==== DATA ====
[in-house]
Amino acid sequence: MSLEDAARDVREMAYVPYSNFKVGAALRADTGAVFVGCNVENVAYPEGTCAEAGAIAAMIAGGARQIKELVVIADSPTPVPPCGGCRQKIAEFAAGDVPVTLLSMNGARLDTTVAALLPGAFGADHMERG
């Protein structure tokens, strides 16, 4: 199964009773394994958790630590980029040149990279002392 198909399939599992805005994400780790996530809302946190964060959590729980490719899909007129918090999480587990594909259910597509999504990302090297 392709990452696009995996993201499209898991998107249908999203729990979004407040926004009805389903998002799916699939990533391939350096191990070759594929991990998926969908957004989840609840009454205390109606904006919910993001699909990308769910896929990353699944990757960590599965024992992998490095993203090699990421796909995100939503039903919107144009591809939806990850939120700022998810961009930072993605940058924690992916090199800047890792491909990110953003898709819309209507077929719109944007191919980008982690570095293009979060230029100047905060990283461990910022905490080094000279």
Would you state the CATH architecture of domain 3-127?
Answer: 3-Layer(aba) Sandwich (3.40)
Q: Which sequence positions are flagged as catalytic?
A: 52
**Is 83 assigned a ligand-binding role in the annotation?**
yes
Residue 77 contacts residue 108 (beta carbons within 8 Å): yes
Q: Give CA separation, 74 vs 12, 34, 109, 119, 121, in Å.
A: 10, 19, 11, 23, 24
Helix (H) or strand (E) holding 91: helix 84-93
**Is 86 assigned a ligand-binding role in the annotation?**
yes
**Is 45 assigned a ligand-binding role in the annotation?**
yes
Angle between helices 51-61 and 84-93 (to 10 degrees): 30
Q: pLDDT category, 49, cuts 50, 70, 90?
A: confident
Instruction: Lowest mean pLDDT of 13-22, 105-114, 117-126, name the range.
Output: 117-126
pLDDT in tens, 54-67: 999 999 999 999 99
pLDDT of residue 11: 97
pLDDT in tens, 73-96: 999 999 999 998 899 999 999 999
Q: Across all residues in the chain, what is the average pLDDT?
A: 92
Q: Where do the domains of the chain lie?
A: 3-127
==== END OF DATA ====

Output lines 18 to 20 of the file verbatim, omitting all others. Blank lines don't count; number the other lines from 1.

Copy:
Angle between helices 51-61 and 84-93 (to 10 degrees): 30
Q: pLDDT category, 49, cuts 50, 70, 90?
A: confident